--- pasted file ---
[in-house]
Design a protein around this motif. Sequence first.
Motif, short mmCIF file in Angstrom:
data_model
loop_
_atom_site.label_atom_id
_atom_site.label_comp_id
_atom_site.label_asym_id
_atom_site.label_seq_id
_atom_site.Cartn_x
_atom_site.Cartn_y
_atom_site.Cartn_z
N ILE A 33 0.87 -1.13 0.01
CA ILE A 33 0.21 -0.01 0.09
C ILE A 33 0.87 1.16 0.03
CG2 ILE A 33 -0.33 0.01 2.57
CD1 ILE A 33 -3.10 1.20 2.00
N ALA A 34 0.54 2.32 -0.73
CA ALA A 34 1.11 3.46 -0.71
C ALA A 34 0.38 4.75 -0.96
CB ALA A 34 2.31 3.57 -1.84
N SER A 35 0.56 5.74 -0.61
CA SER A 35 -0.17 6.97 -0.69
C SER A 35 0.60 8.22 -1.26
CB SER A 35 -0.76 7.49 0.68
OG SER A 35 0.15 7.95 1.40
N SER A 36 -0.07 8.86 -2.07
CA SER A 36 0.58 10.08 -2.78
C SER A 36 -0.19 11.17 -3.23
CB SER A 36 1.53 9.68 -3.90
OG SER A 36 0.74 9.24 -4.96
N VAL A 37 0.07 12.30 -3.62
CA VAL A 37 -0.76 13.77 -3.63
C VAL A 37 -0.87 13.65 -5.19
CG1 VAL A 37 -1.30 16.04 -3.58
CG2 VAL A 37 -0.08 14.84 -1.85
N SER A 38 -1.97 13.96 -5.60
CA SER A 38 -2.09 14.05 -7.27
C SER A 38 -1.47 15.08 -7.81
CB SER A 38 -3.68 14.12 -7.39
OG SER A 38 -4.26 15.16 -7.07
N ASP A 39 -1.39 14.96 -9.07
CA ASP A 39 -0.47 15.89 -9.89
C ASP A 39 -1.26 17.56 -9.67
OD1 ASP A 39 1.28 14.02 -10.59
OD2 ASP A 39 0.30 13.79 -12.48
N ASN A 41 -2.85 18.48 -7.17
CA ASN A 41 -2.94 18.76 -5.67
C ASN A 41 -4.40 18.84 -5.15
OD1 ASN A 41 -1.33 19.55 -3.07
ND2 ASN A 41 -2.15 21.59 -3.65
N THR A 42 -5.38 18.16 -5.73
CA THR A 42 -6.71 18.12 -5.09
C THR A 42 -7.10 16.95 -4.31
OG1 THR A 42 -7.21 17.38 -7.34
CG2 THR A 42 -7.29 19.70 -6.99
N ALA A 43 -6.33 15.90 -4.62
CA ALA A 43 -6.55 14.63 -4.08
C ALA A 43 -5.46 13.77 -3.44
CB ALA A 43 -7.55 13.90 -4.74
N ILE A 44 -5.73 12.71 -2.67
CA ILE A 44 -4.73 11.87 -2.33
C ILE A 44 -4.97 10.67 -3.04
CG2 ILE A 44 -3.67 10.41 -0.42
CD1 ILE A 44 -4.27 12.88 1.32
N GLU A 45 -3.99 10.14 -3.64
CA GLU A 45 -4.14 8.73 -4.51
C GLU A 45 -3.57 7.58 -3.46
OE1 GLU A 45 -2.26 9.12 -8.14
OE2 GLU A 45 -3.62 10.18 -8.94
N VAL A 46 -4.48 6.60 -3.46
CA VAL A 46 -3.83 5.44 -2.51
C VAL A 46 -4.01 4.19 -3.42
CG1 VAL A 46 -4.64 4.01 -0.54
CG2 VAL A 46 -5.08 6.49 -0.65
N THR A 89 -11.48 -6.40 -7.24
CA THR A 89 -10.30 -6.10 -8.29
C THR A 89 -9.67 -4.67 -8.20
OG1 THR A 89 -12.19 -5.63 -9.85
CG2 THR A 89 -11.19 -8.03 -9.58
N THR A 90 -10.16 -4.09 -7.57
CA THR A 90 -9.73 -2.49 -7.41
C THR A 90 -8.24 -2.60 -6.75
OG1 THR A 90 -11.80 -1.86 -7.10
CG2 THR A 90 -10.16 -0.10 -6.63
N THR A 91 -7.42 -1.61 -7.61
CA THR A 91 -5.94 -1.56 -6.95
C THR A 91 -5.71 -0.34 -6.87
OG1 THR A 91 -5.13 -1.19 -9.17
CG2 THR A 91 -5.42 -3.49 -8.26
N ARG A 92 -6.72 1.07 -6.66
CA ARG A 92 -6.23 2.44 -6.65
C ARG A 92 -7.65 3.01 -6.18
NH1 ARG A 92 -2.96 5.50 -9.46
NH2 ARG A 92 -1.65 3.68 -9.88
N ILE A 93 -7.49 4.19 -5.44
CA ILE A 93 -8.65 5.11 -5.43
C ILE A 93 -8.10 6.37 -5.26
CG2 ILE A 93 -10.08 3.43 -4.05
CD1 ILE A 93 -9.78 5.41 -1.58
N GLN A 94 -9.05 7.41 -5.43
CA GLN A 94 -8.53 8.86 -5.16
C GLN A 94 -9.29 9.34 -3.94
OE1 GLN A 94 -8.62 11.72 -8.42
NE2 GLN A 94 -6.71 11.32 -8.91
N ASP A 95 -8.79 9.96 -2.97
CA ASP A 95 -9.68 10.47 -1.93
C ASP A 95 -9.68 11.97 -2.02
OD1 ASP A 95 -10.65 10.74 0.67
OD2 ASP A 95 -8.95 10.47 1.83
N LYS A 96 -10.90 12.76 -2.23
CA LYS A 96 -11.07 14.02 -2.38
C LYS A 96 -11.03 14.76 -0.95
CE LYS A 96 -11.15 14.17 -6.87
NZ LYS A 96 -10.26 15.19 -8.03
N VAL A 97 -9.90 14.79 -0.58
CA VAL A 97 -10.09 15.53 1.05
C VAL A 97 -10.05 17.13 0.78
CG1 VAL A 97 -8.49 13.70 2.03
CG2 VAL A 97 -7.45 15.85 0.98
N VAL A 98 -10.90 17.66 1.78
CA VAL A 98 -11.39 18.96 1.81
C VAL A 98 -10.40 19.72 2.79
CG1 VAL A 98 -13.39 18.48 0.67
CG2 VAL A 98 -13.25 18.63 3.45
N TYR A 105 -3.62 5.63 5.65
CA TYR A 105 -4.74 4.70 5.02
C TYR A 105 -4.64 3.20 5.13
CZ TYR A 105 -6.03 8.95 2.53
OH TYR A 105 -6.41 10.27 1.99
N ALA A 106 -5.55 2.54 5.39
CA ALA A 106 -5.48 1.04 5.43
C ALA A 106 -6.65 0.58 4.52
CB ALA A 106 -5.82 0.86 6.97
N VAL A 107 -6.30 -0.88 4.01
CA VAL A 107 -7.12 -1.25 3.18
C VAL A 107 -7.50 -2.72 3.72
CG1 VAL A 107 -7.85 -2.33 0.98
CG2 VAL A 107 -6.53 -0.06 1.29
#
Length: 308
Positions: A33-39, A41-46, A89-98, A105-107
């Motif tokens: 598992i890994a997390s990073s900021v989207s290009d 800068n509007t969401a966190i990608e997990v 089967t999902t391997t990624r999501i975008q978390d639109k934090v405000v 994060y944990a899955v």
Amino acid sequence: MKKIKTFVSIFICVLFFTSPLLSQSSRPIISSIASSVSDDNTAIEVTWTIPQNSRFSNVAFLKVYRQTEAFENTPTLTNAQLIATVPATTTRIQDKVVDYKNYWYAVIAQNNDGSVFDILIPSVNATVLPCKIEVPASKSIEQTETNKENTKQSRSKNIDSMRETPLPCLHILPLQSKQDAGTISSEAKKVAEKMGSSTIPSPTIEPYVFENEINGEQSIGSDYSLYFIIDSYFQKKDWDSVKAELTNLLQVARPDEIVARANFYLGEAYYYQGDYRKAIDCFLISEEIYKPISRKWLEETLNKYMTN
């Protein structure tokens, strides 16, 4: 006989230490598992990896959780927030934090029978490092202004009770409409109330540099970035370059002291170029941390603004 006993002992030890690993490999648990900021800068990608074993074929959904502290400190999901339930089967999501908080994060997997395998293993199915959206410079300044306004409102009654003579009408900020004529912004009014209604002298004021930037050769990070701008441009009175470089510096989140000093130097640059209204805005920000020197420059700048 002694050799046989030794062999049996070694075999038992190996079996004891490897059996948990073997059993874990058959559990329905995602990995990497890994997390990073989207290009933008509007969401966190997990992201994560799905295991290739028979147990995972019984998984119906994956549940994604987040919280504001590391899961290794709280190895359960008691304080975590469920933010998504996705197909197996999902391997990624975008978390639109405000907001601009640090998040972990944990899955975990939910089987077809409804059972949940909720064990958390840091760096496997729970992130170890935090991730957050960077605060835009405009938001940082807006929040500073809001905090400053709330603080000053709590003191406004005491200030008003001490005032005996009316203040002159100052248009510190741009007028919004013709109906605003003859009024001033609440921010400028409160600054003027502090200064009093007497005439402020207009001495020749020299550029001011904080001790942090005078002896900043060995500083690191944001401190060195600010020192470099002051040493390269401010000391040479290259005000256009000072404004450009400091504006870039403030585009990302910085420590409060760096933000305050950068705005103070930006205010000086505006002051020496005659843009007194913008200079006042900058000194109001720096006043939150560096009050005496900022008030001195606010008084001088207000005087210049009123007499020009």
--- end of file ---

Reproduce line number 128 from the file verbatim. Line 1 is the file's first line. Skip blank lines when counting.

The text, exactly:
C TYR A 105 -4.64 3.20 5.13